Factory activity gauge at 2-1/2-year high
WASHINGTON (Reuters) - A gauge of U.S. factory activity hit a 2-1/2-year high in November and construction spending increased solidly in October, brightening the economic outlook as the year winds down.
The Institute for Supply Management (ISM) said on Monday its index of national factory activity rose to 57.3 last month - outstripping forecasts for 55.0 and the highest reading since April 2011. The index, which indicates expansion in the factory sector when it is above 50, was at 56.4 in October.
November was the sixth consecutive month of faster growth in the goods-producing sector since a contraction in May.
The forward-looking new orders index jumped to its highest level since April 2011, rising to 63.6 from 60.6. The employment index rose to 56.5 from 53.2 to reach the highest level for the subindex since April 2012. Production rose to 62.8 from 60.8.
The latest ISM report mirrored a separate index released on Monday by financial data firm Markit, which showed manufacturing rebounding to a 10-month high in November.
The signs of strength in the two surveys are at odds with so-called hard data such as durable goods orders which have shown factory activity slowing.
A separate report from the Commerce Department showed construction spending increased 0.8 percent to an annual rate of $908.4 billion, the highest level since May 2009. Economists polled by Reuters had expected an increase of 0.4 percent.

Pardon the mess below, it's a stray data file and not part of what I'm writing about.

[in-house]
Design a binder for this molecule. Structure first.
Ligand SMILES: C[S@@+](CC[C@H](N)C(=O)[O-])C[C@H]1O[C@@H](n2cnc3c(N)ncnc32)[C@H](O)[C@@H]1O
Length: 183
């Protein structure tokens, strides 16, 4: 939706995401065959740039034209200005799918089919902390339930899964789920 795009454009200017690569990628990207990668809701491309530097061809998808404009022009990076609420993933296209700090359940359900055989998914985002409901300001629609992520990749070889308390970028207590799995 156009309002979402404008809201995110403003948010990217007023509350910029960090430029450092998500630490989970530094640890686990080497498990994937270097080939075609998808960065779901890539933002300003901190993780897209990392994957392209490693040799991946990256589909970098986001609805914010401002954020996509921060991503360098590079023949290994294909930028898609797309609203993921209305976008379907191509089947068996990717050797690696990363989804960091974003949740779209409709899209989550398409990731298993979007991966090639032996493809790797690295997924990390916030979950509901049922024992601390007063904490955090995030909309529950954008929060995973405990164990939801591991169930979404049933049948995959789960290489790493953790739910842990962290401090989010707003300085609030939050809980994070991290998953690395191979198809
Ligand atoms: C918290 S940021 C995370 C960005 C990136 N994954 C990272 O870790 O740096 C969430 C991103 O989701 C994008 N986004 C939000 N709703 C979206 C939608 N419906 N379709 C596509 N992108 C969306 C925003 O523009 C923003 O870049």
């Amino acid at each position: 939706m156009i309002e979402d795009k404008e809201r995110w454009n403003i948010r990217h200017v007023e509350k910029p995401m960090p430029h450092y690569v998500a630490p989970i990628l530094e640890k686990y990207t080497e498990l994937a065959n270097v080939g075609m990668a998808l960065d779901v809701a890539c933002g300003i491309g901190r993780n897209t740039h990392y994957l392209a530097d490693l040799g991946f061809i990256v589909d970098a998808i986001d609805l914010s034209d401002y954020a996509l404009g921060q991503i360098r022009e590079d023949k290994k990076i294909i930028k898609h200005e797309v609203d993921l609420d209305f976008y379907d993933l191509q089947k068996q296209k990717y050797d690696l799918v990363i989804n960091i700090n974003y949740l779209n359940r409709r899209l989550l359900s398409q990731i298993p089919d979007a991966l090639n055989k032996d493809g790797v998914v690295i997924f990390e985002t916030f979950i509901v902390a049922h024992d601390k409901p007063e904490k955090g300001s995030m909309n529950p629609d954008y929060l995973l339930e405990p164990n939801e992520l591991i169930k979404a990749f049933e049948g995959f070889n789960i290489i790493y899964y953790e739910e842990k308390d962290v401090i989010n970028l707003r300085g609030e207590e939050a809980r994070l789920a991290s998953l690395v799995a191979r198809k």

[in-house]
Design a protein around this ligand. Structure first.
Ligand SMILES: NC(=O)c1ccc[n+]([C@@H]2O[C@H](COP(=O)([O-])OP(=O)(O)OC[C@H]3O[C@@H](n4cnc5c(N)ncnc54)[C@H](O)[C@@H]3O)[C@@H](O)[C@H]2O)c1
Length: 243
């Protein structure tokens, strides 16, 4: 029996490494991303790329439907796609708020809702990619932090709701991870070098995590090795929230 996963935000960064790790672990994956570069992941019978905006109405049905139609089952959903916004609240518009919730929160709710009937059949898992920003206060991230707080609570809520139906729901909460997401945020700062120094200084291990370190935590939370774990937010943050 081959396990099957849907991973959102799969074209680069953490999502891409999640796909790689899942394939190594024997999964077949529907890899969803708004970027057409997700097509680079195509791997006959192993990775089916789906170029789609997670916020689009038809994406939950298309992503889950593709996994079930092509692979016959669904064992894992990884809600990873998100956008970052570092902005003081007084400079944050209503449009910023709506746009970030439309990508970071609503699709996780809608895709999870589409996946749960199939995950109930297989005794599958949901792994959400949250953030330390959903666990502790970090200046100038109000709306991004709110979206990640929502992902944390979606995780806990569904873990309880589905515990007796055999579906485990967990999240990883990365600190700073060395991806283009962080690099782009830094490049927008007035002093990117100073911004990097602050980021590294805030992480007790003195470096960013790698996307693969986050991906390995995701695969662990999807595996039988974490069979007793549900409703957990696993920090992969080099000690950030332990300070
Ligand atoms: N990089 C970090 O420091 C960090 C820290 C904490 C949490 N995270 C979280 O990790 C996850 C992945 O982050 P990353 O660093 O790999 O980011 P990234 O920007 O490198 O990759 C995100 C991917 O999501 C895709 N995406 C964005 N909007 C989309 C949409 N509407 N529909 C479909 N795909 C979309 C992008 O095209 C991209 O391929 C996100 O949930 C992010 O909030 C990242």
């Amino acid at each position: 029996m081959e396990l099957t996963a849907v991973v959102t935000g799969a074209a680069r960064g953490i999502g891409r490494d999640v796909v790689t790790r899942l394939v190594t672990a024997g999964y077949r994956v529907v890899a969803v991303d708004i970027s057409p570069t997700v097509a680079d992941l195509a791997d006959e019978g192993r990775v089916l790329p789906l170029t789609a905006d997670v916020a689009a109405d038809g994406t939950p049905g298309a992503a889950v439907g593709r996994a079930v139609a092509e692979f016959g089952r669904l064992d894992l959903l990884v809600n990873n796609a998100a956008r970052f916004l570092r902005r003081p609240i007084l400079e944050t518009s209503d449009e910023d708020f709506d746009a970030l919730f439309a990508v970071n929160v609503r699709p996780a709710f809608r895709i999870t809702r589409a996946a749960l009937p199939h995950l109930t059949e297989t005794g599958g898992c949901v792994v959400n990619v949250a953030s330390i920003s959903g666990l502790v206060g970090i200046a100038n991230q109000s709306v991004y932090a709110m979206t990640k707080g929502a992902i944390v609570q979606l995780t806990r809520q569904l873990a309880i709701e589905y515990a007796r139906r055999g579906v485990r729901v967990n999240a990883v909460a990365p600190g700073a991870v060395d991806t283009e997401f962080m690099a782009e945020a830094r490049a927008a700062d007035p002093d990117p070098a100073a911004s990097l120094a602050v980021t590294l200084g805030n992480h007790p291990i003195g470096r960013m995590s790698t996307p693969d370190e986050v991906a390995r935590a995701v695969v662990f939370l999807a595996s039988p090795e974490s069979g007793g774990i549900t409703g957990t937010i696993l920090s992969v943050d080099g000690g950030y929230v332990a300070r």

Construction spending fell 0.3 percent in September. The release of the September report was delayed by a 16-day partial shutdown of the government in October.
Construction spending in August was revised to show a 0.1 percent rise instead of the previously reported 0.6 percent increase.
Construction spending in October was buoyed by a 3.9 percent jump in public construction projects, the largest increase since March 2004, after a 1.9 percent fall in September.
Public construction spending was boosted by a 3.2 percent increase in state and local government outlays, the biggest advance since February 2009, suggesting a major improvement in finances after years of belt-tightening.
A 10.9 percent surge in spending on federal government projects also supported public construction spending in October.
The increase in spending on federal construction projects was the largest since January 2011.
Spending on private construction projects fell 0.5 percent, pulled down by declines in both residential and nonresidential outlays.
That could be a sign that high interest rates were starting to have an impact on the economy, which bodes ill for investment in both residential and nonresidential structures in the fourth quarter.